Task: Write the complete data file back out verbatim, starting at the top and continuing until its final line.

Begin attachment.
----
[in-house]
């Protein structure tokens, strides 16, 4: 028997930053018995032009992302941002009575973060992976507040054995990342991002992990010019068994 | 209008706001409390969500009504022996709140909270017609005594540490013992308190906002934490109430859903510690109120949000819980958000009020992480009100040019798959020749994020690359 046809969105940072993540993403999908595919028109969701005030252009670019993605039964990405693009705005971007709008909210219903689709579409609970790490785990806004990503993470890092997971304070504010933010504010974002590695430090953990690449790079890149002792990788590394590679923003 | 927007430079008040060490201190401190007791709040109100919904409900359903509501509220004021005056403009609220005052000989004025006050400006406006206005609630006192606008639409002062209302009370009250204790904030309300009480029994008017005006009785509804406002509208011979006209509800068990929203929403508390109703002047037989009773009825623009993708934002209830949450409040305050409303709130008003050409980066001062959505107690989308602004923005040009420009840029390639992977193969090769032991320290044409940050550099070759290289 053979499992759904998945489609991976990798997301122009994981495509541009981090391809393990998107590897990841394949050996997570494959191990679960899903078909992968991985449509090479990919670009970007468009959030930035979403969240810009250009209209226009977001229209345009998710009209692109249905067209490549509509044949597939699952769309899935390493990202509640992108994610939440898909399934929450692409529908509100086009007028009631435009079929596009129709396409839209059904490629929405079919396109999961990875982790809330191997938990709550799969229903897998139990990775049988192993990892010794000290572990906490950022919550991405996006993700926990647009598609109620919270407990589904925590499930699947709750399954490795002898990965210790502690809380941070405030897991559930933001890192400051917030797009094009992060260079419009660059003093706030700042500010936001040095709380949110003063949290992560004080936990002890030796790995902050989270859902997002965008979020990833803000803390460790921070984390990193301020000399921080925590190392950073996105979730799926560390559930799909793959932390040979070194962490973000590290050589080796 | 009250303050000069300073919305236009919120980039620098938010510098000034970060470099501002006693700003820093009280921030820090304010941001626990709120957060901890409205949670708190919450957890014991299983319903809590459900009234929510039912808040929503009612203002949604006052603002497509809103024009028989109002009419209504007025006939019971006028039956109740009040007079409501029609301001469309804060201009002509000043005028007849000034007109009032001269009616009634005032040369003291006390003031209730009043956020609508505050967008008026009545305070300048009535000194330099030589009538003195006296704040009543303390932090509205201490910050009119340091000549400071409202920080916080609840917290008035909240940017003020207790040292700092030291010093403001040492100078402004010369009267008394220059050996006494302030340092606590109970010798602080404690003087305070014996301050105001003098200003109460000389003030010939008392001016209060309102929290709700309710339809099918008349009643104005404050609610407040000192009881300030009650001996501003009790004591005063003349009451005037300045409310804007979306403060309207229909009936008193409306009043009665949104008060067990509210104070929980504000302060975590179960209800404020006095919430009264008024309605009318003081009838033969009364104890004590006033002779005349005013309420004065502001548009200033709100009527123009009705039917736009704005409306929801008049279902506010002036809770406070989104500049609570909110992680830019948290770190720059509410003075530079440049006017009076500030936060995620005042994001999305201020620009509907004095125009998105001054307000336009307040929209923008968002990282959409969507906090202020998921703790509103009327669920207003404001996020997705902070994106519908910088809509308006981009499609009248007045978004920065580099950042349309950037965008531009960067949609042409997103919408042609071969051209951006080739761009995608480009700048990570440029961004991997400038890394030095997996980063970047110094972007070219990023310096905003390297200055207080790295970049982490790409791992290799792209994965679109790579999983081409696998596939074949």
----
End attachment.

[in-house]
């Protein structure tokens, strides 16, 4: 028997930053018995032009992302941002009575973060992976507040054995990342991002992990010019068994 | 209008706001409390969500009504022996709140909270017609005594540490013992308190906002934490109430859903510690109120949000819980958000009020992480009100040019798959020749994020690359 046809969105940072993540993403999908595919028109969701005030252009670019993605039964990405693009705005971007709008909210219903689709579409609970790490785990806004990503993470890092997971304070504010933010504010974002590695430090953990690449790079890149002792990788590394590679923003 | 927007430079008040060490201190401190007791709040109100919904409900359903509501509220004021005056403009609220005052000989004025006050400006406006206005609630006192606008639409002062209302009370009250204790904030309300009480029994008017005006009785509804406002509208011979006209509800068990929203929403508390109703002047037989009773009825623009993708934002209830949450409040305050409303709130008003050409980066001062959505107690989308602004923005040009420009840029390639992977193969090769032991320290044409940050550099070759290289 053979499992759904998945489609991976990798997301122009994981495509541009981090391809393990998107590897990841394949050996997570494959191990679960899903078909992968991985449509090479990919670009970007468009959030930035979403969240810009250009209209226009977001229209345009998710009209692109249905067209490549509509044949597939699952769309899935390493990202509640992108994610939440898909399934929450692409529908509100086009007028009631435009079929596009129709396409839209059904490629929405079919396109999961990875982790809330191997938990709550799969229903897998139990990775049988192993990892010794000290572990906490950022919550991405996006993700926990647009598609109620919270407990589904925590499930699947709750399954490795002898990965210790502690809380941070405030897991559930933001890192400051917030797009094009992060260079419009660059003093706030700042500010936001040095709380949110003063949290992560004080936990002890030796790995902050989270859902997002965008979020990833803000803390460790921070984390990193301020000399921080925590190392950073996105979730799926560390559930799909793959932390040979070194962490973000590290050589080796 | 009250303050000069300073919305236009919120980039620098938010510098000034970060470099501002006693700003820093009280921030820090304010941001626990709120957060901890409205949670708190919450957890014991299983319903809590459900009234929510039912808040929503009612203002949604006052603002497509809103024009028989109002009419209504007025006939019971006028039956109740009040007079409501029609301001469309804060201009002509000043005028007849000034007109009032001269009616009634005032040369003291006390003031209730009043956020609508505050967008008026009545305070300048009535000194330099030589009538003195006296704040009543303390932090509205201490910050009119340091000549400071409202920080916080609840917290008035909240940017003020207790040292700092030291010093403001040492100078402004010369009267008394220059050996006494302030340092606590109970010798602080404690003087305070014996301050105001003098200003109460000389003030010939008392001016209060309102929290709700309710339809099918008349009643104005404050609610407040000192009881300030009650001996501003009790004591005063003349009451005037300045409310804007979306403060309207229909009936008193409306009043009665949104008060067990509210104070929980504000302060975590179960209800404020006095919430009264008024309605009318003081009838033969009364104890004590006033002779005349005013309420004065502001548009200033709100009527123009009705039917736009704005409306929801008049279902506010002036809770406070989104500049609570909110992680830019948290770190720059509410003075530079440049006017009076500030936060995620005042994001999305201020620009509907004095125009998105001054307000336009307040929209923008968002990282959409969507906090202020998921703790509103009327669920207003404001996020997705902070994106519908910088809509308006981009499609009248007045978004920065580099950042349309950037965008531009960067949609042409997103919408042609071969051209951006080739761009995608480009700048990570440029961004991997400038890394030095997996980063970047110094972007070219990023310096905003390297200055207080790295970049982490790409791992290799792209994965679109790579999983081409696998596939074949």